I fucked your husband and I don’t feel
__bad enough for the bourgeoisie. My sexuality
roughly translating into teenage vampire,
__my blood a pop song programmed to some
I read your shaming
__poem and I was mad. Whorish
and occult-like, the bad, bad, clouds
__overlaying the bad, bad mythological storm
____the sad, sad, mythological storm of crushed cars,
yelling Thor, Thor, Thor, full of death and revenge.
__Implored dead herons in the great, marine
light of the balled up planet, the testicles
__of angels hanging down like sensitivity
or pathos or icicles saying, “Baby, we live
in a world too beautiful
____for our own work songs.”
___or just what everyone thinks you
__should be doing with your body. Accustomed
to violence, “Just let it all out,” my colleague said I cried
against a fake potted succulent, and the plant
___bent the plastic and money surface
__of manufactured intoxication, of affect.
_Then read how affect would be rung up,
charged, a rape made more real. I want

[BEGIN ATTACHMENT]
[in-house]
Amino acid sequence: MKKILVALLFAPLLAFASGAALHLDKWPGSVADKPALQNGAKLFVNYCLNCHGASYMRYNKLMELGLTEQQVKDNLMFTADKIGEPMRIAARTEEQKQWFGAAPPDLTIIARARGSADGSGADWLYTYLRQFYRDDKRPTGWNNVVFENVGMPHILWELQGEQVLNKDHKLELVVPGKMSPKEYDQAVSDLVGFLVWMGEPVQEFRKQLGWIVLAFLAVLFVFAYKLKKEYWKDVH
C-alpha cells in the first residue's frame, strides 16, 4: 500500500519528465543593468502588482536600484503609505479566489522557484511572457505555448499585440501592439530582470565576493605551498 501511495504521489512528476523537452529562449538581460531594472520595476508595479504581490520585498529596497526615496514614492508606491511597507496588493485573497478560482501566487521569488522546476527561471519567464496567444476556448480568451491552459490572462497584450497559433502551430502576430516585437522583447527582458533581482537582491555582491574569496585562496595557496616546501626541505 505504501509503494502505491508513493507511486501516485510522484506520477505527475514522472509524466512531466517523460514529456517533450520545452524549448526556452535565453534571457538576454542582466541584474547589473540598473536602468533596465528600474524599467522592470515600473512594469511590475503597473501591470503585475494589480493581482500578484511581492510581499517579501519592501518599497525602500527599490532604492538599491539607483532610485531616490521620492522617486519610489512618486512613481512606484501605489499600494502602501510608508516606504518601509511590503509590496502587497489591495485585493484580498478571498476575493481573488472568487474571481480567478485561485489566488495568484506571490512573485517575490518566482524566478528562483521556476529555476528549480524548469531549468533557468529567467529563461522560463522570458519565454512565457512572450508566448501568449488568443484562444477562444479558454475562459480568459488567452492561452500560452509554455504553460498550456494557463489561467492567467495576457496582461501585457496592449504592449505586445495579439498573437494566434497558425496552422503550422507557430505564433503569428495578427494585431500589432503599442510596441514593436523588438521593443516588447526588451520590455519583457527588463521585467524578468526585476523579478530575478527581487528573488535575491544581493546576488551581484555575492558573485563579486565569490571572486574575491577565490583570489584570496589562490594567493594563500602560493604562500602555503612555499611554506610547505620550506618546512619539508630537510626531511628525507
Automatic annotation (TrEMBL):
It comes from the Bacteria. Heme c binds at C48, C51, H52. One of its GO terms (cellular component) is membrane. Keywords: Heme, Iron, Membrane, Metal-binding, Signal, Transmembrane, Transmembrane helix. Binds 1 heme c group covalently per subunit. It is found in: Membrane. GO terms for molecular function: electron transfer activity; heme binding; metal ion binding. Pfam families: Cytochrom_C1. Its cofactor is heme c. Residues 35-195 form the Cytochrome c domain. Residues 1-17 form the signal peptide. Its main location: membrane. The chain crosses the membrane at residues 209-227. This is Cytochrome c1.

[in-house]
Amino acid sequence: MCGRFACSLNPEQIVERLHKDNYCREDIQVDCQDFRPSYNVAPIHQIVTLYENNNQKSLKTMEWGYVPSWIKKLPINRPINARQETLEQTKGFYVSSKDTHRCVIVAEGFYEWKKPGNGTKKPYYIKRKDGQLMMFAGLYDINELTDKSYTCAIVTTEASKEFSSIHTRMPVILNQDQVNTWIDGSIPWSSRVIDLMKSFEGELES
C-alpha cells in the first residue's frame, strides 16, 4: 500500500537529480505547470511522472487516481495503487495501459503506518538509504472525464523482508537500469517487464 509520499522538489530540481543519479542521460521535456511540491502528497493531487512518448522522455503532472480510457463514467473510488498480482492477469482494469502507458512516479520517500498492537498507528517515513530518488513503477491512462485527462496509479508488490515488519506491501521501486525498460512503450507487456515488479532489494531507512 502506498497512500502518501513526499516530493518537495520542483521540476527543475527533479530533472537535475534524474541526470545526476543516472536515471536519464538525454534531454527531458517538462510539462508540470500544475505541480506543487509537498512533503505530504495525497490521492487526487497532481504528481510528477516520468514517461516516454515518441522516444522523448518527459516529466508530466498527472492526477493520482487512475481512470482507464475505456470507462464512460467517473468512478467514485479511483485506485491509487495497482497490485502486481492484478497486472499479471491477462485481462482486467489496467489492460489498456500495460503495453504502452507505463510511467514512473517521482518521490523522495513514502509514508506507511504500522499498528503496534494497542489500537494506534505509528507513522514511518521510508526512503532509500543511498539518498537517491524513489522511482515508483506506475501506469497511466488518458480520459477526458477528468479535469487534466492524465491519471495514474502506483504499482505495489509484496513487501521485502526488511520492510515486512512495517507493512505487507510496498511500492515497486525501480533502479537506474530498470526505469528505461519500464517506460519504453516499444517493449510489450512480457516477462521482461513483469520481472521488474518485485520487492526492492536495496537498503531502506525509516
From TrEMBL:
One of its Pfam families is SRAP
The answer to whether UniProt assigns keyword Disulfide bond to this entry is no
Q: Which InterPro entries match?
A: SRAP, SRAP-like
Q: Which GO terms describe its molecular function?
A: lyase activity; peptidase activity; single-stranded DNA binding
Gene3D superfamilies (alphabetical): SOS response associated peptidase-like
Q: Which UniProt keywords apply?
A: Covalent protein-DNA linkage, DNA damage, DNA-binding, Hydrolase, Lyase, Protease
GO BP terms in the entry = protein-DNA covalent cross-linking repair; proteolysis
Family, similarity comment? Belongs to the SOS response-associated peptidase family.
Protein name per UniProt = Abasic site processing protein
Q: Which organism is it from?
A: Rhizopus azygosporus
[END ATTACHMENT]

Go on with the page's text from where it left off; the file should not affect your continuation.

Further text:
_____to rent your mom. There’s a point where
__tears become their down desert after all.
“Don’t you have a sense of humor?”
_____I guess not. I wasn’t meant
__to be moving in this current. S/he said
___being in your body was watery. The way fish
_fuck up too, swim the wrong direction, then die.
__The modern. Hyperventilation and watching
___something braided like ivy burn.
Sandra Simonds is the author of four books of poetry: Steal It Back (forthcoming from Saturnalia Books, December 2015), The Sonnets (Bloof Books, 2014), Mother Was a Tragic Girl (Cleveland State University Poetry Center, 2012), and Warsaw Bikini (Bloof Books, 2009). Sandra’s fifth book, Further Problems with Pleasure, is the winner of the 2015 Akron Poetry Prize and is forthcoming from the University of Akron Press.